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Introduction To Modern Politics.docx
Introduction To Modern Politics.docx

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School
Wilfrid Laurier University
Department
Political Science
Course
PO111
Professor
Debora Vannijnatten
Semester
Winter

Description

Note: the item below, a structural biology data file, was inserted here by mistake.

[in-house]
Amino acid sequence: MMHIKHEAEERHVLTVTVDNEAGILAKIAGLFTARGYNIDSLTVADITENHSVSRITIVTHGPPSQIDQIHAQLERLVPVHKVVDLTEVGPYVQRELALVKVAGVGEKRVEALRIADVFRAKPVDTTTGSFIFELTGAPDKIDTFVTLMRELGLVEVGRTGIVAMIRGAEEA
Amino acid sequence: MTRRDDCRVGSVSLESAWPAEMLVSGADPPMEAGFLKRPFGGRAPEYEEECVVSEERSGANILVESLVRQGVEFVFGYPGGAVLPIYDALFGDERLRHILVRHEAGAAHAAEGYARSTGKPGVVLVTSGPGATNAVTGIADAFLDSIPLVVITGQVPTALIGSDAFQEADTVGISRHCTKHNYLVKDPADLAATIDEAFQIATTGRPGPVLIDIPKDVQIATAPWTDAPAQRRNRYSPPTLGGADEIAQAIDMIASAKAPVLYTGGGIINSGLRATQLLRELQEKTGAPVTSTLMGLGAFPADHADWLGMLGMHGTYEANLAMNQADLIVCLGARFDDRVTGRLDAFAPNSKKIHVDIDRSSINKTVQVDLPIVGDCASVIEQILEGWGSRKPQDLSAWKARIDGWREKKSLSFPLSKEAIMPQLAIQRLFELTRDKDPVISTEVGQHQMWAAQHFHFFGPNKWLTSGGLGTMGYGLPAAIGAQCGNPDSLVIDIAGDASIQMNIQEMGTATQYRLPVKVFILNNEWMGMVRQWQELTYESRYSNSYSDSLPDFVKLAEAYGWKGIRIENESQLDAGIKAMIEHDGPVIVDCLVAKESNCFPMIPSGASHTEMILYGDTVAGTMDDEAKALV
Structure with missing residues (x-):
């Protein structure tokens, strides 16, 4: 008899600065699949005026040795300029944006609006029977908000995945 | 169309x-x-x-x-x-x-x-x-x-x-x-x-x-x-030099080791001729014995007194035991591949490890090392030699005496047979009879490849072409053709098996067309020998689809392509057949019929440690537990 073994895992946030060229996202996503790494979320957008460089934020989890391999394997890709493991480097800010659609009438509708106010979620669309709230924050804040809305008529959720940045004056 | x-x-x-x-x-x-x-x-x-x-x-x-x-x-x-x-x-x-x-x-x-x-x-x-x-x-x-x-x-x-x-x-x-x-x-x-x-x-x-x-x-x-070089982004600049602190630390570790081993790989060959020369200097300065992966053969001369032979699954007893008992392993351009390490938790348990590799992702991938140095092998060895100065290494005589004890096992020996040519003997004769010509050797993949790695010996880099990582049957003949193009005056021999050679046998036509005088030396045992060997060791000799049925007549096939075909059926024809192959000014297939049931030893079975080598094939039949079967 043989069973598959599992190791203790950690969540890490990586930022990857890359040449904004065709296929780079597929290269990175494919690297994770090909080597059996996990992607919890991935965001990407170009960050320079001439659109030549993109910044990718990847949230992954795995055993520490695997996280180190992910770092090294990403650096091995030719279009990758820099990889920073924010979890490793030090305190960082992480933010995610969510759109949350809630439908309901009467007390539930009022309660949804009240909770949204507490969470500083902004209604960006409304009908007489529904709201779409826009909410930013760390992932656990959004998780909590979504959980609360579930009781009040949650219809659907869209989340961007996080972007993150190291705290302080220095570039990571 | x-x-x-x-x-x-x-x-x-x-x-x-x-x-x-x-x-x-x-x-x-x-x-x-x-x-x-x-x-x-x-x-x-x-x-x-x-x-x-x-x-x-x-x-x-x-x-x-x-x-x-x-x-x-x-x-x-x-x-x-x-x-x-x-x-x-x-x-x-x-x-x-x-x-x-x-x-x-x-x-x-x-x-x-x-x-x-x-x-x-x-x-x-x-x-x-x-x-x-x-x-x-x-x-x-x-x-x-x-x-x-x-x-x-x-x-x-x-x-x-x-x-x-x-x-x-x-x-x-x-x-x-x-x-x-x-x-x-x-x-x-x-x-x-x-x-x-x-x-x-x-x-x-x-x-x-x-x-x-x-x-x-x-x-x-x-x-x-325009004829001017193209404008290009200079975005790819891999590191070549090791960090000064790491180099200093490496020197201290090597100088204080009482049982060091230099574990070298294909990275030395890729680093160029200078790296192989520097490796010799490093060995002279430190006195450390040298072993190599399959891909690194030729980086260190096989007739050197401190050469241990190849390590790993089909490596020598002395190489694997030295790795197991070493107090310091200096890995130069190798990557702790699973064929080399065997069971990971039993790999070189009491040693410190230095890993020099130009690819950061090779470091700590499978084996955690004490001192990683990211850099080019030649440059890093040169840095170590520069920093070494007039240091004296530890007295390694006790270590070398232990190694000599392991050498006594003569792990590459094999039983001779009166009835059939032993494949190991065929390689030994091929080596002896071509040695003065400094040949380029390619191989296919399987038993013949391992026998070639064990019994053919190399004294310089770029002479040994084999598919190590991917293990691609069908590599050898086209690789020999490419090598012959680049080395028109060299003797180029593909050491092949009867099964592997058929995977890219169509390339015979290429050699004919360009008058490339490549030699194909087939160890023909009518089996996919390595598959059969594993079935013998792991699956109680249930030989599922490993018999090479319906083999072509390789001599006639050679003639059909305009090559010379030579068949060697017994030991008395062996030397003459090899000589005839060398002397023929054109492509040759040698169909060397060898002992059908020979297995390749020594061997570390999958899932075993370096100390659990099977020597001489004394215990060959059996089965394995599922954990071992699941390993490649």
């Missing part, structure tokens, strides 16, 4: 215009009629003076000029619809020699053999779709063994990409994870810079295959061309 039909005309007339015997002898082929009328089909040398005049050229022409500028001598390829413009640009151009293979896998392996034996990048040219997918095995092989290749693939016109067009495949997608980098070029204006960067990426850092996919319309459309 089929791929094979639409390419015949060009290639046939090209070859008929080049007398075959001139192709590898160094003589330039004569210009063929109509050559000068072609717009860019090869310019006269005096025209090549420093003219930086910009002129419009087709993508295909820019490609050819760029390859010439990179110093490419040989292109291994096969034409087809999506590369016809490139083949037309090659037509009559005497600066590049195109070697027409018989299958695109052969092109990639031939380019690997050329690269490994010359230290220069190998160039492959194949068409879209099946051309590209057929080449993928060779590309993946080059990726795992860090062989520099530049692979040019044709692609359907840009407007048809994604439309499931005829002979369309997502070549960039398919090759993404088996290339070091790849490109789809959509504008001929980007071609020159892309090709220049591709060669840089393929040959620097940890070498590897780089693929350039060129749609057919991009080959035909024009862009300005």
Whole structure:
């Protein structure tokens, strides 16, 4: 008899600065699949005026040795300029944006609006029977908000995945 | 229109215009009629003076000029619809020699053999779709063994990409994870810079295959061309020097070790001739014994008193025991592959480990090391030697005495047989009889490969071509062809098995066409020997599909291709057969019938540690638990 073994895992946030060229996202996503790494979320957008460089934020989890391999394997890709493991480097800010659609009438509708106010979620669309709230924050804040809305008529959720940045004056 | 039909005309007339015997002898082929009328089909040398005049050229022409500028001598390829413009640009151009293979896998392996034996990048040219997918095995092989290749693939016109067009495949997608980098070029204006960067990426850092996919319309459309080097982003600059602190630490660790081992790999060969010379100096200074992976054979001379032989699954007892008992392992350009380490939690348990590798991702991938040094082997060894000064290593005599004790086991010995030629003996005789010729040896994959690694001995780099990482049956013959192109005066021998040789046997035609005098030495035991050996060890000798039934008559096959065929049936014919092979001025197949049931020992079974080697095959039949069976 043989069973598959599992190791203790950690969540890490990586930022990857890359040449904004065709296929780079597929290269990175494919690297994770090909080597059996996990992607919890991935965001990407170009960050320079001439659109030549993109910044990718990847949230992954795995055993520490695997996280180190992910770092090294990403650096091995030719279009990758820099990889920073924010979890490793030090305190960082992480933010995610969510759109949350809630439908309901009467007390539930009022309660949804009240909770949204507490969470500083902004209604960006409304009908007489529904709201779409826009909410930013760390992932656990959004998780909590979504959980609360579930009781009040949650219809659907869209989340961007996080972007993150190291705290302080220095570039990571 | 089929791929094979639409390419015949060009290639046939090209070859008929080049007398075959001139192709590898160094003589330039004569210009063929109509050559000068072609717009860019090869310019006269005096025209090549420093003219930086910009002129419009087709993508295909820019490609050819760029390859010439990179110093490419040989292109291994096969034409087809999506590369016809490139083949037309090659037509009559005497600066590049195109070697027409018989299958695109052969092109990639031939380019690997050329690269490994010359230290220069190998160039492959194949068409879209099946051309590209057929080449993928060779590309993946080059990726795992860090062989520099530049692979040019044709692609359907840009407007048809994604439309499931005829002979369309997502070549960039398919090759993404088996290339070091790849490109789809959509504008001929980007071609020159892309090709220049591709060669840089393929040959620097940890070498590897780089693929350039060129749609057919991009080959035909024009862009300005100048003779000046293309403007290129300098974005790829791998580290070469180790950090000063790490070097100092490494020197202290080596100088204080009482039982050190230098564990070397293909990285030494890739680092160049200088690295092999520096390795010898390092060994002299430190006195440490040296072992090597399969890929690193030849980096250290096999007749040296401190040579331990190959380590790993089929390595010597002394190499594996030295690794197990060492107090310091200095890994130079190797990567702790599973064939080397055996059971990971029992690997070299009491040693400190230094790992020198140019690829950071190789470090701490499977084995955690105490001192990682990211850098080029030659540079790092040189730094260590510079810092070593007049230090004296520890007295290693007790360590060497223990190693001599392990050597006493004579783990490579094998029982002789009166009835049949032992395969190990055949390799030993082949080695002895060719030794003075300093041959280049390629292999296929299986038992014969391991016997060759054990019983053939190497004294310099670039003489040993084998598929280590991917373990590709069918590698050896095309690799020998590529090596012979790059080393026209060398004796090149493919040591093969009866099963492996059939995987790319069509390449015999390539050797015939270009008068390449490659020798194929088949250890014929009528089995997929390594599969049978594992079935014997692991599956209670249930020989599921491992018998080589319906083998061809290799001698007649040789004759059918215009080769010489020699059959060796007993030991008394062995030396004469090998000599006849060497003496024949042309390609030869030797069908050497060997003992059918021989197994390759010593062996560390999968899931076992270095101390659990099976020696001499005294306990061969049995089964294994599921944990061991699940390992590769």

Introduction To Modern Politics January 8, 2013 Power Conflict and Politics: How do we get to decide how things are decided we have to have some way to decide the conflict when people don‟t agree on how things should be ran politics is also about “value clashes”  Debate about legalizing drugs first of marijuana  Its costly to imprison people who are using (treat it like a public health issue)  Clash of different values  Euthanasia – where do we draw the line  Intelligent design – belief that an intelligent thing created us (still focuses on science) attempt to look at creationism through a scientific lens originates in conflict over scarce resources and or differing values…if politics is a struggle between the proponents among these ideas and if it involves the resolution then what is the mechanism that we use to allocate our resources….government Government: Specialized activity of individuals and institutions that make and enforce collective decisions that are binding on the community decisions are binding not voluntary government is the conflict manager it is also both a set of activities (occurring over time) and a collection of institutions that carry out the activities Democratic government –supposed to manage conflict in certain way and concern with equality no one group should dominate over others regular elections to choose citizen representatives  plus other mechanisms for allowing citizens to participate  need other ways of allowing people to take part in decisions  democratic systems always fall short of completely democratic systems…why? Power Power – democratic government has never been able to eradicate power we regard this as unfair but how do we locate power?  The ability of one actor or group to impose his or her will on others  Politics always involves the exercise of power  It may be difficult to see who has power and how do you trace that through to the decision that got made  Not always easy to see easy who has power 1/8/2013 12:35:00 PM Poli Sci Week 2 January 15, 2013 Politics – originates in conflict over scarce resources and or differing values, between groups in society who want different things…the activity of resolving this conflict, always involves the exercise of power = the ability of one actor or group to impose his or her will on other  Coercion, authority, influence power influences the resolution of conflict (some individuals and groups win out over others) Government is the conflict manager makes and enforces collective decisions Point clarification: what is the difference between the state and government:  „state‟ is all of these thing o the law an institution and set of institutions o sovereign entity o an internally recognized entity o a group of people (e.g.what it means to be American) o an idea o all of these develop over time – more enduring than government  „government‟ is a specialized ac  activity of those individual and institutions that make and enforce collective decisions in a state o more specific construct of how we make collective decisions o is both a set of activities (occurring over time) How democratic are we? Democracy = rule by the people Freedom house  Each country is rated on a seven category scale 1 representing moat free and 7 the least free (1-0.25)=free; (3.0-5.0)=Partly Free; (5.5-7.0)=Not free  Two foci o On slide Democracy is… 1) A set of ideals about how government should work, what the role of citizen is in the political system AND 2) A set of procedures and institution guiding operation of government participation of citizens Popular sovereignty Sovereignty = supreme authority in a political community Popular = people are source of all political power have right to overrule other bodies  Can “throw the rascals out”  Where people have the right to get rid of their representative Political Authority  Idea that each individual citizen (regardless of gender, race etc.) carries the same weight in voting and other political decision making o Measured by extent which citizens have equal voice in governing o Each individual citizen should carry the same weight in the political process  Why important? Political activity is means by which we inform our governors of our interests make them responsive to us Majority Rule  Idea that, if each vote is to be counted equally, the decision of the majority must be accepted o Government accepts what most people want  The alternative is “oligarchy” (rule by few)  At least some of the time you will get what you want – can accept that  Canada has a majority government in the sense that the conservatives had most seats in 2011 election  Mexico – has 3 similar political parties Political liberties:  Freedoms that protect the individual, set limits on government or fellow citizens essential to exercise of popular sovereignty o Negative freedom – freedom from  Speech, association, religion, press, fair trail, right to bear arms, sexual orientation…unrestricted by government o Positive freedoms – freedom to  Education, health care…provided by government o States formed after early 1900s tend to focus on positive freedoms rather than negative Minority Rights:  Designed to ensure that a specific individual or group (which may be vulnerable, disadvantaged) is able to achieve equality  The assumption is that without a framework to support minorities they wouldn‟t be politically equal Includes both: 1) individual rights (as applied to members of racial, ethnic class, religious, linguistic or sexual minorities) and, 2) collective rights accorded to minority groups Political Competition  If people are to be sovereign, they must be able to choose their political representatives o There must be more than one choice  Elections are key to political competition, must be fair – affects legitimacy of political system o E.g. Canada vs. Singapore  There are elections – however because the state controls the media etc. it is not a fair competition (the government always wins because they manipulate means of power) Rule of Law  Idea that government authority is legitimately exercised only in accordance with written, publicly disclosed laws o Intended as a safeguard against arbitrary governance  Distinction between “rule of law” and “rule by law” o Rule by law is used to constrain us o In china the rule of law isn‟t practiced as much as rule by law some ideals are in tension with each other or with other important values  how do you create a balance  countries all have different ways for distributing these rights January 17, 13 In a general sense democracies tend to favour one or the other in terms of approach democratic elitism and deliberative democracy Democratic Elitism: you choose elites to do the job by voting (citizens participate indirectly) – does it realize popular sovereignty – yes…  Citizens delegate law making authority  Assumes that direct citizen participation is unrealistic and undesirable  Elites must compete for votes  Indirect democracy (you are handing your power to someone else to exercise the power for you)  AKA representative democracy Deliberative Democracy: all citizens are involved in decision making – not just good for the system also good for the citizen (citizens participate directly)  Argues that it is not enough for citizens to vote for their representatives o Must be able to take part in political debate Democracy is a framework for institutions and procedures for putting theses ideals into practice … how do we design democracy Constitutions…are fundamental and provide body of rules and principles according to which a state is governed  Who/what institutions are to carry out major functions of government o How to change the constitution/how things can be amended  Basic rights and obligations of citizens  Basic source of natural law  Fulfill rule of law o Constitutionalism  Constitution is fundamental principle of political life  Written vs. unwritten (uncodified) o Britain has unwritten (ancient documents, acts of parliament and judicial decisions)  Lay foundations for power relations o Different parts of the state (horizontal power relations) o Different levels of government (vertical power relations)  Constitution is like a pinball game... Horizontal power:  Legislative – law makers (house of commons)  Executive (law implementers)  Judicial (law adjudicators) the court system o Three branches of government  Some democracies concerned that power should be strictly divided among branches o Presidential (“separation of power”) system – hard to get things done  Other democracies are less concerned about the concentration of power in one branch o Parliamentary fusion of power system  Judiciary has role dealing with disputes Vertical powers  Unitary system: central gov has power over region gov (France, Cuba, UK)  Federal systems: central and regional governments each have power, cannot overrule each other ETA – Basque fatherland and freedom  Have long wanted their own government  Turned to violence  Represent an ethnic group that wants independence Relations between state an citizens:  British tradition parliament to safeguard rights of citizens, not courts  American bill of rights *political liberty, political equality, minority rights Institutions in Democratic Government 1/8/2013 12:35:00 PM Party disciple is key to executive dominance Canadian constitution…  Created democratic parliamentary system based on the British model  Most important characteristics of this system is that it concentrates power in the hands of a few decision makers *ideals: less emphasis on popular sovereignty, individual rights, fragmentation of power, constraints on the majority The presidents powers are hemmed in at every step by a congress of which he is not a member, and among whose members he may exercise influence but not authority  He can only influence and persuade  Stephen Harper has more power Legislatures have important functions in a democracy  Bring about “rule by people” (popular sovereignty)  Represent the people o Want someone to represent you who has the same views as you o Minority rights? Protect individual rights?  Govern o Form the government (majority rule) o Legislate: formulate and pass laws  Hold the leaders to account o Act as an opposition Legislative Function Parliamentary System Presidential System Representational Rep by pop, link to rep by pop link to constituency district but – with party No party discipline discipline members can better link to voters? vote against voters? Governmental With majority can act more debate on issues quickly to pass laws but but separation of elected parliament powers leads to gridlock powerless? Procedural No confidence vote check on president Lines of responsibility discourages abuse of clear power by one brand but, blurs lines of responsibility 1/8/2013 12:35:00 PM Democracy January 29, 2013 7 Democratic ideals: how do we design democracy to achieve these ideals? How do we embed Elections are critical  popular sovereignty o people have to be able to throw the rascals out  fair political competition o key to even the most minimalist versions of democracy (democratic elitism)  achieving political equality o citizens should have equal voice  organizing majority rule o if each vote is to be counted equally, the decision of the majority must be accepted  Representing minorities o Minorities must achieve equality Fair Political Competition  What constitutes “fair”  Who chooses candidates?  How much money may they spend?  How does debate take place? o If you want to have an election there are different things you need to work out What, then, are the prospects for achieving political equality Organizing majority rule and minority representation also complicated…depends on electoral system!  Singe member plurality system vs. Proportional representation system Ridings – are sections all try to have a similar number  308 ridings in Canada  each riding has separate election and separate candidates  elections are like horse races  often you have multiple candidates and whoever gets the most (by one vote) One who wins in the riding takes the seat (others get nothing)  what matters is the number of seats not the popular vote Single Member Plurality System (SMPS) – we have this  one representative per geographic area (riding, constituency, district)  first-past-the-post, winner-take all system (others don‟t get anything) SMPS and the democratic ideal…  majority government but not necessarily majority rule  minority rights? o Work within a existing party to get some ideal in o Hard to create a new party o What prospects for minor national parties?  Political equality o Does every vote seem to count  Popular sovereignty o Direct representative-citizen link Alternative Systems: Proportional Representation  Representation (# of seats) directly proportional to share of popular vote received (# of votes) o Directly proportional o No ridings or districts, all organized by parties o Number of representatives is simply allocated on basis of how many votes they get in the election  Mechanics o Party lists (list of people the party wants to elect and ranks them in a hierarchy)  People have no say as to who is on the list  Only voting for the list of people and have no say in who gets on the list or order o Single-transferable vote  Choose party but can rank order people on the list  Some votes allocated to party and some to the people your prioritized o In this system you are very unlikely to get the majority government and may even have to have a collation government PR and the Democratic Ideals  Majority government unlikely  Minorities better represented  Political equality? o Every vote seems to count  Popular sovereignty o No direct representative-citizen link  More political competition – more choice o More representative… Other Alternative Systems  German Hybrid Model o Mixed member proportional system o 2 voters: candidate, party list o 5% rule The “-isms” and the Parties January 31, 2013 Parties form a bridging role between politics and citizens  Miracle glue of democracies Four critical functions of parties policies and programs package them up easy to understand recruit leaders – parties try to recruit really good leaders to become our leader parties oversee/control government depending on whether they are in government or opposition Political Parties  Group of people that nominate candidates and contest elections, seek to gain powers and control government  Organizations that are seeking to form a government Functions:  Socialize, mobilize function o Informing you, getting you to think about issues then to vote o Get you interested  Aggregate diverse interests and demands (bundle demands into packages) o How do we actually resolve those conflicts that result from different demands? Parties are one key method to do this  Recruit political leaders  Oversee government and ensure political accountability *bridge between government citizens Political Parties and the Democratic Ideals *Support popular sovereignty by mobilizing participation, recruiting leaders, keeping government accountable  Organize majority rule by aggregating diverse interests, structuring popular vote o Help represent minority interests  Key to political competition *How do we “design democracy” to achieve these functions?? How do we embed these functions in institutions and processes? Ideologies:  seek to promote particular political and social order o action-oriented o seek to promote particular economic and social order  have core concepts but can be quite flexible  ideologies reflect historical circumstances o ideologies change The Ideological Spectrum The Left – Socialist (More government)  Government regulation of economy  Policies help disadvantaged group  Policies to redistribute income  Taxation appropriate to fund redistribution The Right – Conservative (Less Government)  Greater reliance on the market  Fewer government regulations  No special treatment for special interest groups  Lower taxes Do political parties in western democracies offer voters a choice?  Tendency of parties to gravitate towards center and capture the average voter  Right-left tendencies breaking down? o Issues that confront us makes us think differently between government and society  Broad agreement on role of government?  Candidates separated more by style than ideology  Argument that post-911 world has changed politics…polarization Parties and Democracy  Decline of ideological differences among parties might explain low voter turnout?  Single member plurality systems encourage pragmatic parties o Encourage big parties with broad platforms o Better able to construct majorities  PR promotes ideological/interest parties o Harder to construct majorities but good at opposition function February 5, 2013 Midterm 40 multiple choice  Mainly lecture  Some readings read around lecture notes  Know country specific information  Thursday‟s class on midterm 2 How do we embed democratic ideals in democratic institutions “Democratic” countries have varying degrees of success… e.g. Constitutions and how rights are framed  Vertically and horizontally  What‟s included in rights and how they are protected o Bills of rights embedded in constitution  Britain doesn‟t o which is better in terms of democratic ideals e.g. Parliamentary vs. Presidential systems  different (and partial) paths to popular sovereignty e.g. SMPS vs. PR electoral systems  majority rule vs. minority rights  PR unless there is a low threshold any amount of vote will get you representation Can countries can be sort of democratic?  Yes o Those in eastern block o Probably have elections but are they free Islamic Republic of Iran  City of contrast  Modern life and undeveloped rural areas  We in the West say it is repressive and authoritarian  Citizens elect president and legislative branch and elect representatives o who is allowed to run? Governmental System  Has been called a theocracy (rule by clerics) with some concessions to democracy o Principle of jurists guardianship (jurist = legal scholar steeped in Islamic religious law)  Iran did not always have this – had a constitutional democracy but was an authoritarian conservative  Iran has history of being meddled with (US and GB)  Persian empire one of the oldest on earth  1906 Iran adopts democratic constitution but didn‟t work o has tried to work on a democracy o not a country of backwards rural workers o highly educated class o many have immigrated to US and Canada  Like Mexico had a high birth rate (lots of young people looking for work)  Revolution against the Shah in 1979 o Was a tension who wanted a strong Islamic state or a democratic state  How do we put Islam with Democratic ideals o In the end forces of ayatollah was in exile lead revolution and ran out in putting together a constitution and put to people in referendum  Show tension to bring democratic functions and principles to Islam  Supreme (religious) leader – Ayatollah Ali Khameini – wide range of responsibility o Has wide range of forces and link between branches o Revolutionary guard – internal defense of nation o Armed forces o Judiciary, media  All laws must conform to shari‟a and clergy  Executive – president Elected by people for a four year term o Forms a legislative branch and bureaucracy  Majles (similar number to Canada) o Elected by people  Judiciary (different systems of groups)  Clerics elect supreme leader and can remove him (under extreme circumstances)  People elect religious scholars  Supreme leader controls a lot and appoints members to council of guardians o Council decides who can run for office in the majles o Can also remove president on advice of supreme leader o Supreme leader is not elected and council is not elected o All other bodies are  System that appears to be mix of elements: problem is that it has a layer of officials that can practice that practice arbitrary rule  Many elements are democratic Political Equality?  Council of guardians vets all political candidates o Barred 2000 candidates from contesting 2004 parliamentary elections (85 of which were reformists in current parliament)  Women may vote, run for office, but many do not exercise these rights  Civic organizations allows as long as they don‟t question basis of Islamic republic (“guided democracy) o As long are you are associating properly Majority Rule?  Iranians cannot change their government democratically o Supreme leader appointed for life o Council of guardians not elected Popular Sovereignty?  Unelected council of guardians approves all legislation passed by parliament o Regularly vetoes legislation  Local elections introduced in 1999 o Overwhelming support for reformers  Supreme leader trying to balance tendencies in regime for more conservative rule in mind that the people wont like it Political Liberty?  Citizens (esp. dissidents) MPs subjected to arbitrary arrest and detention o There is repression and is getting worse  Freedom of expression is limited, media controlled  Freedom of association limited o Public demonstrations that “violate principles of Islam” prohibited  Religious freedom limited (majority us Shi‟a Muslim) o Morals police practice intimidation  E.g. women need to dress correctly  Has become more repressive Minority rights?  Additional seats in majles are reserved for non-Muslim deputies o Religious minorities may practice their faith but cannot hold senior government positions, face restrictions in education, property ownership o Bahai‟s face official discrimination  Ethnic minorities permitted to establish associations  Competition for parliamentary seats (reform candidates) restricted Rule of law?  Judiciary not independent o Supreme leader appoints chief justice, who then appoints other judges  Political and sensitive cases are tried in the revolutionary courts (due process often ignored)  Not black and white o Because of the unique histories they contribute to a unique way of trying to operationalize government  Has been a case where they‟ve tried to put in ideals of democracy with Islam Peoples Republic of China  has had past of being totalitarian regime  in 2013 is a different entity o holds more elections than any other country in the world  600,000,000 people eligible to vote o 1,000,000 villages run elections  fear of political competition is starting to emerge  less communist party control  political reform must follow economic reform o china has been growing at a rate at 8% per year o not black and white “Nondemocratic” Countries Authoritarian governments:  umbrella term for governments whose authority is not put to the test in elections (but not totalitarian) opposition is not tolerated o in Iran this is not so clear (great variation among so called authoritarian regimes)  to call a regime authoritarian doesn‟t tell you much o right winged (Conservative) usually military – Saudi Arabia, Latin America  usually very unstable, don‟t last long, relatively non ideological, often utilitarian  recent example of democratic transition (Egypt)  Saudi Arabia ruled as absolute monarchy – controls government o Left-wing (socialist) – china and Russia  One party government method for choosing a leader  Tend to do better jobs at governing and last longer  More ideological  Authoritarianism isn‟t best way to think of countries that aren‟t fully democratic Democratic Government  political equality  Majority rule  Popular sovereignty  Political liberty  Minority rights  Political competition (even democratic elitism)  Rule of law Nondemocratic government  political inequality  Elite rule  Tyranny (self-interested rulers USSR Stalin) or oligarchy (rule by few)  Political Subjugation (not free you are constrained)  Repression of minorities  Power monopoly (power not shared)  Arbitrary rule (rule by law – law used to suppress individuals) th Good Governance February 7 , 2013 Aspect of Governance – inequality Other ways to judge a country governance  Capacity of government to make and implement policy…or to steer society  Can the government we have identify and handle pressing problems o E.g. Toronto transit issues  How good is it at implementing solutions  Process is key – how is it all going to be done o Who is going to participate in figuring out issues  Government and corporations pertaining to the issue (e.g. for the environment)  Corporations, NGOs, academics, citizens, experts…depends on issue  Governance is not just about government (includes government plus who ever is involved in the issue) Transparency  information – government is telling you who is in charge and how much it is going to cost (means access to information)  when decisions are made an implemented openly and in accordance with rules o rules must be followed  Canada got an F on transparency o Journalists can‟t do their jobs without transparency Good governance criteria: Security and Political Stability  Capital is mobile  When people perceive your country as unstable its unattractive  Canada is super white Economic performance  Growth, jobs and budgets Public services  good health care, education, security, paramedics etc… Political freedom  freedom of speech  expect to access information Social Mobility  we expect that our kids wont be in a worse situation (education, social) than we are o expect to always be moving forward o need to believe that we can achieve Best Governed Country: Sweden Worst Governed Country: North Korea Levels of Social Justice  poverty  education  non-discrimination  health World Bank and good governance:  main problem in Africa was corruption and transparency  started to fund good governance programs  happened until the world banks stood back and asked why they were even giving aid o first aid was given because of government now good governance was a key to receiving aid  still all about the global south  UN weighs in on good governance o Kofi Annan UN, secretary general  Agreed with world bank  Said good governance is key  Believed that notion of good governance should be expanded and made bigger  Greater freedom etc.  Sustainable human development  Not just inflation Brazil  Has managed to boost governance indicators a bit  Up coming superpower  192 million people  natural resources power house o has everything o massive exports  woke up in the 1970s  in terms of governance was under military dictatorship until 1985 o extremely high crime rates o high poverty o high inequality o high levels of infla